Thursday, December 11, 2014

Down On The Corner

Yeah, I know – my third place was supposed to be neither work, nor home. But – part-time work wasn't specified, so I'm gonna roll with it. If you know me, you probably know that I moonlight on weekends as a Record Store Clerk at LUNA Music. A year-plus ago, I walked in on a Saturday morning (my usual weekly visiting time...due to Amelia often being at work), and they asked me, "Hey dude, would you want to work here?"

(Sunday mornings with the Rev. Al Green – a Tracks tradition I keep alive at LUNA.)

"Uh, yeah. For sure!" was the only response I could think of, despite any other commitments I had. Turns out that I am physically unable to turn down working at a record store. In Muncie, while I was attending Ball State (and playing music), my friend and bandmate started Village Green Records. I took my work-study salary and bought a record a week, hanging out there with friends and bandmates who either lived in the back of the shop, or were always on the porch or coffee-stained living room couches.

(Growing's drone masterwork The Sky's Run Into The Sea, one of the vinyls
I picked up from VGR when building my collection a piece at a time.)

In Bloomington, I had wandered into Tracks, an old shop (the last of a regional chain destroyed by big box stores) with a (killer at the time) jazz selection to randomly ask for a job on the day that someone else left – that turned into nearly year-long job where I learned some of the ins-and-outs of buying and vinyl-sorting and cartridge-replacement and margins and how-to-open-a-CD-really-quickly-and-get-the-damn-sticker-off. In my spare time, I was also volunteering at the Secretly Canadian distribution warehouse, moving around crates of records (thanks for bombing and making me re-stack 100k albums, The Avalanche) & filling orders while listening to entire label discographies...a flood of music that approximates the ease of today's streaming society, except that this was my life, and I had to work for it!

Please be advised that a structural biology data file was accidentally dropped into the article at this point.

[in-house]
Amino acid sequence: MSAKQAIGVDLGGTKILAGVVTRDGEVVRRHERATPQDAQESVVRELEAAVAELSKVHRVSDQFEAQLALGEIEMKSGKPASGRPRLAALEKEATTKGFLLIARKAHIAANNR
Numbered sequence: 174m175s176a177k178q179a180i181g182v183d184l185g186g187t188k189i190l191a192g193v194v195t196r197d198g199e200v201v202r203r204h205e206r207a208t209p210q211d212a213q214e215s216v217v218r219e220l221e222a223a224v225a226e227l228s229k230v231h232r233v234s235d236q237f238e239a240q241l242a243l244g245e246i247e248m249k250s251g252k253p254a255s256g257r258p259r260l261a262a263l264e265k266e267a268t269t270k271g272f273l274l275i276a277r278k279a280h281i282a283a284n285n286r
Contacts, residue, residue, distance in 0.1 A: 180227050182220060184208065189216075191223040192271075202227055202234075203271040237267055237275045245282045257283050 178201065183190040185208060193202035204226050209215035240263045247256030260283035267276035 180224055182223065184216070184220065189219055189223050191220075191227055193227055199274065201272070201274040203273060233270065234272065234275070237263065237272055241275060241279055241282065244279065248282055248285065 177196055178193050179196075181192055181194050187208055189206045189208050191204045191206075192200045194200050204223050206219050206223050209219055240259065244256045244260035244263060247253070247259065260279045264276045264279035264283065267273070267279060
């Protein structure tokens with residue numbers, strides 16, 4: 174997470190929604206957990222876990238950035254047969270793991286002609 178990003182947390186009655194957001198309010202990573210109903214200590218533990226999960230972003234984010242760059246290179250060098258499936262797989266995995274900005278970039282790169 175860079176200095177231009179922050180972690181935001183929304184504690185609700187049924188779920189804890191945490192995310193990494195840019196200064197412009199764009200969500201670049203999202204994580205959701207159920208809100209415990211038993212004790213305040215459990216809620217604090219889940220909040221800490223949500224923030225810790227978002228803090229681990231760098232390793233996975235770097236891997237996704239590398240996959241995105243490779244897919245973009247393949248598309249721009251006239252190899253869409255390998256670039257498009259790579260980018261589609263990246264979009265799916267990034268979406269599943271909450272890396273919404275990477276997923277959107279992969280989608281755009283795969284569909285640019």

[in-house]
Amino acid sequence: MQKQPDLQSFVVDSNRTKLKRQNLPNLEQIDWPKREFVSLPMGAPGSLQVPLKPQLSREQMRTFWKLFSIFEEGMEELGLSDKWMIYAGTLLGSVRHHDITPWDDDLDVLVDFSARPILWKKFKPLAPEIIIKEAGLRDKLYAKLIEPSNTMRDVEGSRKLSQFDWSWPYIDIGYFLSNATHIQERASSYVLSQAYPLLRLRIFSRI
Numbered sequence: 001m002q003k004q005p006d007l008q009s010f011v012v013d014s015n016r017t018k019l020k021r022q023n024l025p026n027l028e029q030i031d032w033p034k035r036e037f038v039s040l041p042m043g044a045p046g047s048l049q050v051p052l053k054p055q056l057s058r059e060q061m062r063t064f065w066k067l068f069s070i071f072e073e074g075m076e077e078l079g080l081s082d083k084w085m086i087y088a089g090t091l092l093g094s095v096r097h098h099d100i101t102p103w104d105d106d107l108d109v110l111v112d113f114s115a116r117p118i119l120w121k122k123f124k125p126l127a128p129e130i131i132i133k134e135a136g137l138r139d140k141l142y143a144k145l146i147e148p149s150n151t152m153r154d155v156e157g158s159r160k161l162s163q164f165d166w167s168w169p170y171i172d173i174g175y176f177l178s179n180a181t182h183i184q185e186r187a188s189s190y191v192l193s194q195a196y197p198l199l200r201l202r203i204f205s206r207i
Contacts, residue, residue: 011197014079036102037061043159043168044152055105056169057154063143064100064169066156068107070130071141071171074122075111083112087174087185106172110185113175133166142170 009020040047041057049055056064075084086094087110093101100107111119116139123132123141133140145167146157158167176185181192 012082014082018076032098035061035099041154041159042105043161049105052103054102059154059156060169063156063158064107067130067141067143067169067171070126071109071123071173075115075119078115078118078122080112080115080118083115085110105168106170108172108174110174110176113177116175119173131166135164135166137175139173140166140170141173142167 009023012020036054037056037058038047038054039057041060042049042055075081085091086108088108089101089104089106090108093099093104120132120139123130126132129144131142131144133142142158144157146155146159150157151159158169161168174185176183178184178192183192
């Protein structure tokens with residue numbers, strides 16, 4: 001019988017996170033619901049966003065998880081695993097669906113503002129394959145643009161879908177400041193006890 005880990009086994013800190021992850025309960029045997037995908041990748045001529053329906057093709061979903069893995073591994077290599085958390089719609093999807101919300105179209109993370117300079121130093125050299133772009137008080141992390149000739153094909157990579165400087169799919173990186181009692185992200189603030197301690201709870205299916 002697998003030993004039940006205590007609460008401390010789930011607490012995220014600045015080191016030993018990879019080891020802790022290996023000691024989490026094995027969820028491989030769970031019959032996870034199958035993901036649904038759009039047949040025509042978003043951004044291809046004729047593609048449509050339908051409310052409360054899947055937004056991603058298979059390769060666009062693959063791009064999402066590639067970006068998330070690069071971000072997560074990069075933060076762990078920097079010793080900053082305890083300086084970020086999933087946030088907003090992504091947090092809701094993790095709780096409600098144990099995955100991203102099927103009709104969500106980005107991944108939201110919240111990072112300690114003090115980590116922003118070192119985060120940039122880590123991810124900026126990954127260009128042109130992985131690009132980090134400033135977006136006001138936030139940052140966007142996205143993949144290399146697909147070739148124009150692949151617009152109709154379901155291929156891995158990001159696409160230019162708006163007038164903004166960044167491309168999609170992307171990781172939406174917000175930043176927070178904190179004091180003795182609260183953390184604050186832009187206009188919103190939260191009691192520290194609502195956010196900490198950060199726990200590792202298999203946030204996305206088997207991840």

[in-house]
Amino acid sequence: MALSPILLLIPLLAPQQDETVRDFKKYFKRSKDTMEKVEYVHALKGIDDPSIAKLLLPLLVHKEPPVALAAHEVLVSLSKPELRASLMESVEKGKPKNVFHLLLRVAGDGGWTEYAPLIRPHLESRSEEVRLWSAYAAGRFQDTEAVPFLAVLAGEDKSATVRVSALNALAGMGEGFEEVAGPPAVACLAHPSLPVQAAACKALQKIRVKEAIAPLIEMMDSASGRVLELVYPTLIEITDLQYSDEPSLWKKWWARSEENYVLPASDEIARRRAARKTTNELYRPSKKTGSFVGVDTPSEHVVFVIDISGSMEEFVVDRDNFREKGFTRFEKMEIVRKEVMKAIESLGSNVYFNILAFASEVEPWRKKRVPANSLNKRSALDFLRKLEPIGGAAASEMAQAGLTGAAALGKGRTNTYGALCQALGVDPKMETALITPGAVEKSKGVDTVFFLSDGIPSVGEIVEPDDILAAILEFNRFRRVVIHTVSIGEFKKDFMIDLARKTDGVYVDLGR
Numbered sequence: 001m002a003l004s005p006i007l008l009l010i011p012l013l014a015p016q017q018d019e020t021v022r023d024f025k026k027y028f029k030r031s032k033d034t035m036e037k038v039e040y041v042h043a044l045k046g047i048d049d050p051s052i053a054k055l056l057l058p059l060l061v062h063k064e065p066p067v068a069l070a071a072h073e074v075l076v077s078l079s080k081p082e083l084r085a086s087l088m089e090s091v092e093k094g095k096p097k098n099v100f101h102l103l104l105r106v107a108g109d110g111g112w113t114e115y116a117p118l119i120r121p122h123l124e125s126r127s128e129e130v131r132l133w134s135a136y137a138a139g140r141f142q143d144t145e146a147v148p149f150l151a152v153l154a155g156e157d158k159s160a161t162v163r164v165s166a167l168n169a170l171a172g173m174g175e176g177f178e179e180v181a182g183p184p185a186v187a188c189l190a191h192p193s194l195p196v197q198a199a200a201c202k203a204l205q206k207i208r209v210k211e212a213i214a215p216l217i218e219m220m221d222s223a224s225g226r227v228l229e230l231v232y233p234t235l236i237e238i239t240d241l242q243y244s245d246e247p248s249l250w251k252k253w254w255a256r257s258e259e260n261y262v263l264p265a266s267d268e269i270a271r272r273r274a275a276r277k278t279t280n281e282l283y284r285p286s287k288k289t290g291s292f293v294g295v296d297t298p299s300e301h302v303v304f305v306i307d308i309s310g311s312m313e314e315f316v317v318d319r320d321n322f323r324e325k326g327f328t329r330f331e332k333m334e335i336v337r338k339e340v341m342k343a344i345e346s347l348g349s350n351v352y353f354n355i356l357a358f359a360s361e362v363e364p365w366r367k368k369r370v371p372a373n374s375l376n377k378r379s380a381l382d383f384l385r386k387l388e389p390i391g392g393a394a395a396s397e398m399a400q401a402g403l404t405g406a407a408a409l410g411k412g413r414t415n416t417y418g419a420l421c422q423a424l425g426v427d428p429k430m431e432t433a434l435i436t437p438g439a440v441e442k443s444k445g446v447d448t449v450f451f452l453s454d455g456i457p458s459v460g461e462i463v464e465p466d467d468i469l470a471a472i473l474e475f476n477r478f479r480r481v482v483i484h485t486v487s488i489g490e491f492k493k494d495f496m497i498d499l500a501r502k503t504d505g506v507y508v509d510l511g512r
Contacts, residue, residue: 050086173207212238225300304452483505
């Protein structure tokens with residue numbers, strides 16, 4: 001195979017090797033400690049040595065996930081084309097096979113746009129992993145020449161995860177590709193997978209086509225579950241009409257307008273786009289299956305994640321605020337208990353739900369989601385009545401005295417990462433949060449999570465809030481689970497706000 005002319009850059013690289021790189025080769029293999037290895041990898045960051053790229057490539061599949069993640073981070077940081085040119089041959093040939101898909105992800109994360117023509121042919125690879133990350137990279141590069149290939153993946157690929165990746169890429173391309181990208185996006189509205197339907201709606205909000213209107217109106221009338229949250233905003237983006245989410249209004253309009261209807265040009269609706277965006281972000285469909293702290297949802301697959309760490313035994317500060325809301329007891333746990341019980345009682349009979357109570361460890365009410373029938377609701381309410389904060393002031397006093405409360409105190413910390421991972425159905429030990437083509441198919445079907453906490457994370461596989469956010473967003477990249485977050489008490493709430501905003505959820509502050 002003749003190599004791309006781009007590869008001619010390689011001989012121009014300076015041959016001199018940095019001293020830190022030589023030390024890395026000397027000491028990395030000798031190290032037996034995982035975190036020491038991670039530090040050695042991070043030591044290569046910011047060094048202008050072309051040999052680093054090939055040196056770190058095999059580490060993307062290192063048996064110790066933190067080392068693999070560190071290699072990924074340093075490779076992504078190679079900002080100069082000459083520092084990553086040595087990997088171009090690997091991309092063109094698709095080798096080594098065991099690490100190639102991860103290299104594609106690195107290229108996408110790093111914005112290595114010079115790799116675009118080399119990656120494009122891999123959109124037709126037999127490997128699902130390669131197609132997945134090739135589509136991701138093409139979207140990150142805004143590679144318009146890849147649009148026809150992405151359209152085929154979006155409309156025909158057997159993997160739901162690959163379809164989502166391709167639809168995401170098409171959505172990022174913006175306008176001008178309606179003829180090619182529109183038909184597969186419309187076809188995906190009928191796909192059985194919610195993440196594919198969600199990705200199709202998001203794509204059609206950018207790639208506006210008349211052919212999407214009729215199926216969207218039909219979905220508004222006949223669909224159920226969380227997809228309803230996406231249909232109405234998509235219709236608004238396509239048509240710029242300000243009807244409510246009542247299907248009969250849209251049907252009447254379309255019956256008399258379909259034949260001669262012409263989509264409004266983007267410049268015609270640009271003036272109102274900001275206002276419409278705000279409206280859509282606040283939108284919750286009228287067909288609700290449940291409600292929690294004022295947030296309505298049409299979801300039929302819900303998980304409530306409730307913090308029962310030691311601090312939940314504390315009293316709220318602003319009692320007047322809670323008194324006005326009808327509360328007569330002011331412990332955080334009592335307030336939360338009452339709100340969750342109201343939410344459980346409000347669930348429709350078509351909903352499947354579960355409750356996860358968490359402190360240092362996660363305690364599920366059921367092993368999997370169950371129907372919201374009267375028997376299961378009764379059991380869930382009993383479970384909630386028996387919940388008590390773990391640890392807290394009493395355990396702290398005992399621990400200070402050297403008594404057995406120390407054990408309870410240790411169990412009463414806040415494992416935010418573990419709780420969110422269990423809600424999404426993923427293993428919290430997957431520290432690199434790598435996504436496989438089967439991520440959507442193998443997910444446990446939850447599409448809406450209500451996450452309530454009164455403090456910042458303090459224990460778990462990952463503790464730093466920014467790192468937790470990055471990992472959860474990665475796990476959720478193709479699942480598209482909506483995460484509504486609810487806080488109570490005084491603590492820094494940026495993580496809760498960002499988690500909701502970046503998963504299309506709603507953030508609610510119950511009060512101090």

Though the vinyl resurgance hadn't yet really begun, I loved all of it. Not just listening to new releases and getting wrapped up in 2-hour conversations about Neil Young guitar solos – it was the fact that, for most people coming in a record shop, this is a highlight of their day, week, or month. They aren't generally on some mission – they love music, whether it's Neil Diamond, Neil Young, or bands who don't even have a Neil. That energy and passion is infectious, alluring...it makes work not seem like work. (Until you have to vacuum 20-year-old-carpet, or buy-back twice-used porn DVDs from a dude who had just bought 'em a month ago...)

So. Back to LUNA. I visit record stores almost anywhere I go, from Dusty Groove & Reckless in Chicago, Amoeba & Groove Merchant in San Fran, Grimey's in Nashville, Vintage Vinyl in St. Louis, Little Axe & Mississippi in Portland, Sonic Boom in Seattle...and LUNA is something special. I can't be biased, because I'm just the "weekend dude", but we have the friendliest staff, the cleanest, brightest, and most welcoming shop, and an amazingly curated sense of place, from fantastic art contributors to Todd's collection of ephemera and general great taste. I feel fortunate every day to be a part of sharing and spreading a love of music-as-art, of supporting career musicians, hobbyist labels, archival/curator/record-digging folks, independent & local garage bands, and everything in-between.

On December 20th, LUNA celebrates its 20th anniversary – if you haven't been in in awhile, or ever – what are you waiting for?!

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